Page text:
Reports from the American College of Obstetricians and Gynecologists show that an infant female has 1 million to 2 million eggs in her ovaries. At puberty, the numbers drop to 400,000 and by age 30 only 12% of the original number is available. This number tapers off to 3% at age 40.
“Ovaries are very strange, very odd in terms of the rest of the human body. We can think about them like an accelerated model for human aging,” said Garrison yesterday during a presentation at a health and wellness event called “Life Itself”.
In fact, by the time a woman reaches her late 20s and early 30s, when her body is at its optimal performance, her ovaries are already displaying signs of aging. Although this accelerated aging does not pose an immediate threat until menopause.
“When the ovaries stop working due to menopause, they stop making a cocktail of hormones important for general health. Even in healthy women, it dramatically increases the risk of stroke, heart disease, cognitive decline, insomnia, osteoporosis, weight gain, arthritis, those are medically established facts,” she added.
For this reason, the age at which a woman hits menopause is tied to how long she might enjoy her life or get to live at all. Below the age of 40, the woman is more likely to have a short life span than the one who hits menopause beyond age 50.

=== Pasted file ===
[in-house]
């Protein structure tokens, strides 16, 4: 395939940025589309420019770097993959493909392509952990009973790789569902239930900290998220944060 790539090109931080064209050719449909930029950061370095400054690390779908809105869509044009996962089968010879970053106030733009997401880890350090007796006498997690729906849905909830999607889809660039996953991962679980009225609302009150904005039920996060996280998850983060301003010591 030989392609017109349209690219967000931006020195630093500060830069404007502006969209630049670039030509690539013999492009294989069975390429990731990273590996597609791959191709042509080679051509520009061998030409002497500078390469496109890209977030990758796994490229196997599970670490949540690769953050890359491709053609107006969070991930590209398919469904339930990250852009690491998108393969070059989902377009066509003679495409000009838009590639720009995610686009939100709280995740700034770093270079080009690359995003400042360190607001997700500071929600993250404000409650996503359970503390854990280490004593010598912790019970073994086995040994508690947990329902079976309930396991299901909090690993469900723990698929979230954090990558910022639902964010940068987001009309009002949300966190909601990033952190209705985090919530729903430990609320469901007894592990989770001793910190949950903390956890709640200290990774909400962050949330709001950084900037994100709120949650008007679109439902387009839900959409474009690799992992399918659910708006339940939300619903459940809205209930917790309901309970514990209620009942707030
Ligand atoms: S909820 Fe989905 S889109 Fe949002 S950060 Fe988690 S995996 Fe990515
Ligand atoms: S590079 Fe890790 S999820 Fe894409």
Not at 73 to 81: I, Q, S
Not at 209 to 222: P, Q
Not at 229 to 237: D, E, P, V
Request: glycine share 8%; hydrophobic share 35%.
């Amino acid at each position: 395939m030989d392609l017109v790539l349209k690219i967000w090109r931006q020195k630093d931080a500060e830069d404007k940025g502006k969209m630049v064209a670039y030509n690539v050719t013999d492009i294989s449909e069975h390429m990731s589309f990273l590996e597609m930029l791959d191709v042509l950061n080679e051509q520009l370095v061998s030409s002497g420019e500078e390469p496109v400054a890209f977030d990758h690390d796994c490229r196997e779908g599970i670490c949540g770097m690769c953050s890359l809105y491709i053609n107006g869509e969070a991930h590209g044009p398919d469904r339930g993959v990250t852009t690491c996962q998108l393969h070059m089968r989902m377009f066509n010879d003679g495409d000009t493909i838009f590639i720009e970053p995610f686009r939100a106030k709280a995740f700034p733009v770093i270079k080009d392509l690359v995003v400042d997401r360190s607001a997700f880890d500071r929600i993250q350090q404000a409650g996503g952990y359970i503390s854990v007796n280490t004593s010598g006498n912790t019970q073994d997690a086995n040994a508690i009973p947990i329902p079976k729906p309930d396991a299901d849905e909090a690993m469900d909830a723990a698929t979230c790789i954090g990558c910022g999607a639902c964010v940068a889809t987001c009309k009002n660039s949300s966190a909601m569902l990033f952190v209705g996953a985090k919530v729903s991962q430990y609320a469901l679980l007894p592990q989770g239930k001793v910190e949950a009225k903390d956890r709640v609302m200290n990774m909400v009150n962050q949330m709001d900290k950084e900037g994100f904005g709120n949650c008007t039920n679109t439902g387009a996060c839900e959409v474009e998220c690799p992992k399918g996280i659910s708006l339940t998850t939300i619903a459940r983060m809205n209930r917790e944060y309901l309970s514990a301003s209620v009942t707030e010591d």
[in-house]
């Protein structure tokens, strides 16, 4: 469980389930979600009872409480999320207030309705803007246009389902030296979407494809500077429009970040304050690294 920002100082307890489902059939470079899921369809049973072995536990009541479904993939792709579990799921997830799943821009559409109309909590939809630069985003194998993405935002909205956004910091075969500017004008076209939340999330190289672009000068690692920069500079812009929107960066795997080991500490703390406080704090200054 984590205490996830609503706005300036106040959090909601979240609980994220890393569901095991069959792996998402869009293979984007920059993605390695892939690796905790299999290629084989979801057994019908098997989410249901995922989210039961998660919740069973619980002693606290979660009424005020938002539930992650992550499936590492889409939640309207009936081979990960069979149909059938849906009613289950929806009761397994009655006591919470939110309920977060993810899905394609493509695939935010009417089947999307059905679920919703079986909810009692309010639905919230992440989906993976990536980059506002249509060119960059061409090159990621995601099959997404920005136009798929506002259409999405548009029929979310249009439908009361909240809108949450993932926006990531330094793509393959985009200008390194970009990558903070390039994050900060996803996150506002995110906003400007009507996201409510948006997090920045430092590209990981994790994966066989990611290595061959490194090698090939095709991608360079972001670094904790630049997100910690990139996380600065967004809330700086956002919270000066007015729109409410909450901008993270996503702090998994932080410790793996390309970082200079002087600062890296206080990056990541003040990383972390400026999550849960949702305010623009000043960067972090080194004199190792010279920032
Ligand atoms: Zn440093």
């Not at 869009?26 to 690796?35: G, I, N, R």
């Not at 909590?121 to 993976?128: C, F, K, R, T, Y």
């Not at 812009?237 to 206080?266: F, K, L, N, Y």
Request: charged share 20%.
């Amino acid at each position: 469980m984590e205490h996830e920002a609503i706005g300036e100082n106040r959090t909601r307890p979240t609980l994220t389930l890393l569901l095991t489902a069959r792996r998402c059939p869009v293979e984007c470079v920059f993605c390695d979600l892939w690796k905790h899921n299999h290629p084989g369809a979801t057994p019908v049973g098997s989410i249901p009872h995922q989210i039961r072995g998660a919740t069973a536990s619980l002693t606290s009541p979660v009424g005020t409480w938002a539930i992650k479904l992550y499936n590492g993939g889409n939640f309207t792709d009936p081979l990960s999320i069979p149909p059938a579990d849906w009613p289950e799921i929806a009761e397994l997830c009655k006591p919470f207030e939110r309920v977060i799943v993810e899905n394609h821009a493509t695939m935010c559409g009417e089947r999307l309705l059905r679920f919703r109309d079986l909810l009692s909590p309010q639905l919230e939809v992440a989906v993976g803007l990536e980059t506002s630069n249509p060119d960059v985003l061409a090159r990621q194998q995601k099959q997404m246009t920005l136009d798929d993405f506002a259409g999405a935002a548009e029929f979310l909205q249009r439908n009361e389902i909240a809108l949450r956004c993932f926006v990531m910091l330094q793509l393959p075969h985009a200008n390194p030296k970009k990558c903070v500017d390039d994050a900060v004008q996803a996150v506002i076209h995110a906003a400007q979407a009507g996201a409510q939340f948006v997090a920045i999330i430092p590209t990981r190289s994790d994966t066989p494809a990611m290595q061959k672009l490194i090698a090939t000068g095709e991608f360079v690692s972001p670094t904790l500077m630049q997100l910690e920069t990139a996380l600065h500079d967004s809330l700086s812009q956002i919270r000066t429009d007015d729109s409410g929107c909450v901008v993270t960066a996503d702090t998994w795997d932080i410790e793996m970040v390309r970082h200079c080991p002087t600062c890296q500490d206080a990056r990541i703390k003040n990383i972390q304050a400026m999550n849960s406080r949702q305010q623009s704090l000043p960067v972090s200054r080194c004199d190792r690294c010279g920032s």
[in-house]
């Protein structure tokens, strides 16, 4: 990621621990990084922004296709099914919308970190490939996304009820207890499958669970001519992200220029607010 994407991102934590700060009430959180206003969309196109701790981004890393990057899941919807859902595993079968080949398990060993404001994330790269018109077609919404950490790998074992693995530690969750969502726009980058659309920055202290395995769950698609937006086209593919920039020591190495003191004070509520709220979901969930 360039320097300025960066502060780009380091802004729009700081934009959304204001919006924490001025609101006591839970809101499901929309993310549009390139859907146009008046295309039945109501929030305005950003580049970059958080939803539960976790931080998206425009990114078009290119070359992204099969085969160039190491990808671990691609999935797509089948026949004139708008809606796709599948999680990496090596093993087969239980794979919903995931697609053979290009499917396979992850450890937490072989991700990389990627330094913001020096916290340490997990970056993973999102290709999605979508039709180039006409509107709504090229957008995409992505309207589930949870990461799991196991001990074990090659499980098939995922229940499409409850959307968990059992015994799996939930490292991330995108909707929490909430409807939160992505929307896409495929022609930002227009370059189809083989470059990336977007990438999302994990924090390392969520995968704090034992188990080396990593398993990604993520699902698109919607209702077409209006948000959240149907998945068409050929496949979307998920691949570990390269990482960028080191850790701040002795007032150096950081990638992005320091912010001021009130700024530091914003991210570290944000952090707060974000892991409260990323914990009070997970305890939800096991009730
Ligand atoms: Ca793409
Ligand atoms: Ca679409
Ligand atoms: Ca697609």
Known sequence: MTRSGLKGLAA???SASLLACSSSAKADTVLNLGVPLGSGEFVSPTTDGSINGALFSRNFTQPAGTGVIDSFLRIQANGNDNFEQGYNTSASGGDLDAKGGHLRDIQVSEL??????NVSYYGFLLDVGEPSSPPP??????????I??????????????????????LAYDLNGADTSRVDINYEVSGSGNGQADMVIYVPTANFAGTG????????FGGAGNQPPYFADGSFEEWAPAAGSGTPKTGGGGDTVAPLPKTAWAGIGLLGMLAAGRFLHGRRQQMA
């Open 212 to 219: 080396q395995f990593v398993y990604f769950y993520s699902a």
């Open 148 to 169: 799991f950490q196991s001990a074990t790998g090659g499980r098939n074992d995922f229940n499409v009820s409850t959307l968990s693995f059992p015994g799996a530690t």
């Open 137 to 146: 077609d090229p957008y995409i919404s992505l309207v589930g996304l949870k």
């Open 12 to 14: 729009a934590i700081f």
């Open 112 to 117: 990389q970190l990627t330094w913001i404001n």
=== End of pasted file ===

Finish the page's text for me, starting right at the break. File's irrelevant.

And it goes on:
While prolonging fertility could enable women to have children much later in their lives, this is not the aim of the research.
According to Kara Goldman, a professor of obstetrics and gynecology at Feinberg School of Medicine, the aim of this research is to decrease and possibly eradicate the effects of menopause not to increase chances of old age pregnancies.
“That would be a completely irresponsible goal and ultimately a shortsighted one. We’re thinking about the bigger picture: The best way to prevent the health impact of menopause is to prolong the ovaries’ natural functioning,” Goldman said.
At the Global Consortium for Reproductive Longevity and Equality, launched by Garrison, the objective of the research is to understand why accelerated aging in ovaries occurs in the first place.
“Why do humans develop senile ovaries by age 30? Science doesn’t know. Learning about how little we know about why that happens infuriated me actually,” Garrison said.
The mystery of accelerated aging is also found in only four other mammals: the killer whales (orcas), the short-finned pilot whales, beluga whales and narwhals.
“What’s the fundamental cause of this decline in egg quality and quantity with age? We don’t know the answer to that. The age of natural menopause is really variable at the individual level, and we don’t know why,” she added.
In fact, the fact that male siblings of women who enter menopause later in life also tend to have an increased life span intrigues scientist about the genetic impact of menopause on family members life spans.
“Why does a woman’s reproductive span correlate with her overall life span? Even brothers of women who go through menopause later tend to live longer. There’s a genetic component there that’s clearly very important, and we don’t understand it at all,” she concluded.
Through understanding the cause behind menopause and figuring out proper interventions, the centre is looking to extend life to over 10 years.